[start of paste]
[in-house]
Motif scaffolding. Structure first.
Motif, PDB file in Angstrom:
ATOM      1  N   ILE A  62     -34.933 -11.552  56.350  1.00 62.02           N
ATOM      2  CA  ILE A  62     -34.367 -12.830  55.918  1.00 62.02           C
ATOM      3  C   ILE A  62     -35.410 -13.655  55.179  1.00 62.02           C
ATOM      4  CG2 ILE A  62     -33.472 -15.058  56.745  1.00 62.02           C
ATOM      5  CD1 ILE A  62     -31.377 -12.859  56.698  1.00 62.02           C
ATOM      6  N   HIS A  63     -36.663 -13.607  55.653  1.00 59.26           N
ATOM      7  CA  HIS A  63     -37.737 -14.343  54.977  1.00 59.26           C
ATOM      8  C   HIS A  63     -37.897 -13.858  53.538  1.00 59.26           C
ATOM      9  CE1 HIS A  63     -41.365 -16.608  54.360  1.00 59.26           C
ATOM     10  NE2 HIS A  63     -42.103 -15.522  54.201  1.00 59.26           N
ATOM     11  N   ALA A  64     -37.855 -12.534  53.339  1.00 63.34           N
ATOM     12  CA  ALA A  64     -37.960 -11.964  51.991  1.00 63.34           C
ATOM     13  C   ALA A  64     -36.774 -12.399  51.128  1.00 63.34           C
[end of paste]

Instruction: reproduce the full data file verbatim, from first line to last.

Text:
[in-house]
Motif scaffolding. Structure first.
Motif, PDB file in Angstrom:
ATOM      1  N   ILE A  62     -34.933 -11.552  56.350  1.00 62.02           N
ATOM      2  CA  ILE A  62     -34.367 -12.830  55.918  1.00 62.02           C
ATOM      3  C   ILE A  62     -35.410 -13.655  55.179  1.00 62.02           C
ATOM      4  CG2 ILE A  62     -33.472 -15.058  56.745  1.00 62.02           C
ATOM      5  CD1 ILE A  62     -31.377 -12.859  56.698  1.00 62.02           C
ATOM      6  N   HIS A  63     -36.663 -13.607  55.653  1.00 59.26           N
ATOM      7  CA  HIS A  63     -37.737 -14.343  54.977  1.00 59.26           C
ATOM      8  C   HIS A  63     -37.897 -13.858  53.538  1.00 59.26           C
ATOM      9  CE1 HIS A  63     -41.365 -16.608  54.360  1.00 59.26           C
ATOM     10  NE2 HIS A  63     -42.103 -15.522  54.201  1.00 59.26           N
ATOM     11  N   ALA A  64     -37.855 -12.534  53.339  1.00 63.34           N
ATOM     12  CA  ALA A  64     -37.960 -11.964  51.991  1.00 63.34           C
ATOM     13  C   ALA A  64     -36.774 -12.399  51.128  1.00 63.34           C